Facts, information and articles about P.G.T. Beauregard, a Civil War General during the American Civil War

P.G.T. Beauregard Facts

P.G.T BeauregardBorn

May 28, 1818 St. Bernard Parish, Louisiana


February 20, 1893 New Orleans, Louisiana


The Little Creole
The Little Napoleon
The Hero of Fort Sumter

Years Of Service

1838–61 (USA), 1861–65 (CSA)


Brevet Major (USA)
General (CSA)

Battles Fought

Mexican-American War
Battle of Contreras
Battle of Churubusco
Battle for Mexico City
Battle of Chapultepec

American Civil War
Battle of Fort Sumter
First Battle of Bull Run
Battle of Shiloh
Siege of Corinth
First Battle of Fort Wagner
Second Battle of Fort Wagner
Second Battle of Fort Sumter
Bermuda Hundred Campaign
Second Battle of Petersburg
Battle of Bentonville

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P.G.T. Beauregard summary: Pierre Gustave Toutant (PGT) Beauregard was a Confederate General during the American Civil War best known for his attack on Fort Sumter, thus starting the civil war. Beauregard was born May 28th 1818. His father was of French-Welsh descent and his mother from Spanish-Italian noble descent. Beauregard first language was French and he did not speak English until the age of 12. He attended the United States Military Academy where he trained as a civil engineer. Between 1848 and 1860, he built and maintained forts and other engineering projects.

Beauregard Starts The Civil War

Just before the Civil War began, Beauregard had a wealth of knowledge of fortifications and the Mississippi River which would benefit the Confederates. He was promoted up the ranks in the confederate Army by using his family connections which did not please his peers.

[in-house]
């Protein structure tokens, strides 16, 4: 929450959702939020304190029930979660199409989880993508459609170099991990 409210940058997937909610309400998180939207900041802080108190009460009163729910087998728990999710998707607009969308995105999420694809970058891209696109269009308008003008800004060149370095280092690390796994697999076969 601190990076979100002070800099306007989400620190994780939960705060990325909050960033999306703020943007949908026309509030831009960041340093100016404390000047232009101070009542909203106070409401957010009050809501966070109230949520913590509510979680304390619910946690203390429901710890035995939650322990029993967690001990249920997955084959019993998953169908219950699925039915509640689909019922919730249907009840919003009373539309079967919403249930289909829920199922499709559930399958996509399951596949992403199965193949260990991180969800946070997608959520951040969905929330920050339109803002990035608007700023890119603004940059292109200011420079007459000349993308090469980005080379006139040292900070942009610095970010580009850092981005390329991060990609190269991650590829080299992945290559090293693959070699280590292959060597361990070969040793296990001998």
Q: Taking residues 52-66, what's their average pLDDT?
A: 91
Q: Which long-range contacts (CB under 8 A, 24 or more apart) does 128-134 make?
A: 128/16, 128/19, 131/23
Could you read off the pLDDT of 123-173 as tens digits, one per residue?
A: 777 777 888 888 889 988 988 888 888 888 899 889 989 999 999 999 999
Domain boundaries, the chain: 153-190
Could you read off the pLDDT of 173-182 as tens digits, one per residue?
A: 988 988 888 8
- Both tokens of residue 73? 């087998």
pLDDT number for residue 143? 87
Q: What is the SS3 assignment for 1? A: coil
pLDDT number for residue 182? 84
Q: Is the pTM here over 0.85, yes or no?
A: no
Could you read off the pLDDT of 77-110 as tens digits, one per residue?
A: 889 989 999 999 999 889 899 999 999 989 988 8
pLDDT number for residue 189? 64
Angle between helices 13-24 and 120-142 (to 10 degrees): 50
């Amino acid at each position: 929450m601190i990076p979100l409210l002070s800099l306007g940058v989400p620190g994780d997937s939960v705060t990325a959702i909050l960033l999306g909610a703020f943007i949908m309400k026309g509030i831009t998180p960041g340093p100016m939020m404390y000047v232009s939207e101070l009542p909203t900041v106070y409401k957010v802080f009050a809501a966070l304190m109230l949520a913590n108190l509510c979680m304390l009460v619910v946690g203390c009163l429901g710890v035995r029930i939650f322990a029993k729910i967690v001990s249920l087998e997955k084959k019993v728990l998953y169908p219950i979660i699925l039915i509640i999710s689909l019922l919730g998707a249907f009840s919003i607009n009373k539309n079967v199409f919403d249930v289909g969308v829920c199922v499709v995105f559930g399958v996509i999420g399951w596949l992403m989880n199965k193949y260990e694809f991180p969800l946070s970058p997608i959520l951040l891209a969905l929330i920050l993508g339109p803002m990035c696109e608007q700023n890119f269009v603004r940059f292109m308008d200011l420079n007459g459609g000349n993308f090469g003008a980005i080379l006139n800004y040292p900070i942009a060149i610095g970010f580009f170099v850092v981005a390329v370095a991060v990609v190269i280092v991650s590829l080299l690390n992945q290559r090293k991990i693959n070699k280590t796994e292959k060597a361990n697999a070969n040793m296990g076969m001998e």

At Fort Sumter on April 12th 1861 Civil War began when Beauregard’s Confederate troops fired and the Union surrendered Fort Sumter. Beauregard was rewarded for his victory by Davis with the command of the Alexandria Line. By July 21st 1861, he was promoted to General for his leadership skills and bravery at the First Battle of Bull Run. He criticized Davis and politicians for interfering and said they had no authority over military senior commanders of the Confederate army. Davis was not happy, but because of the public opinion that Beauregard was a hero, Beauregard was promoted to second in command of the Army of Mississippi.

Beauregard At Shiloh

At Shiloh, the commander of the Army of Mississippi was killed and Beauregard put himself in charge. After continuous fighting, Beauregard was forced to withdraw. Politicians were angered when other officers informed them that it should have been a Confederate victory. Beauregard took sick leave without permission and was dismissed by Confederate President Jefferson Davis. Beauregard protested and was made commander of the Department of North Carolina and Southern Virginia in April 1864. He was best known for his defense of Petersburg. Beauregard was finally dismissed by Davis for his weak health in 1865.


Articles Featuring P.G.T. Beauregard From HistoryNet Magazines

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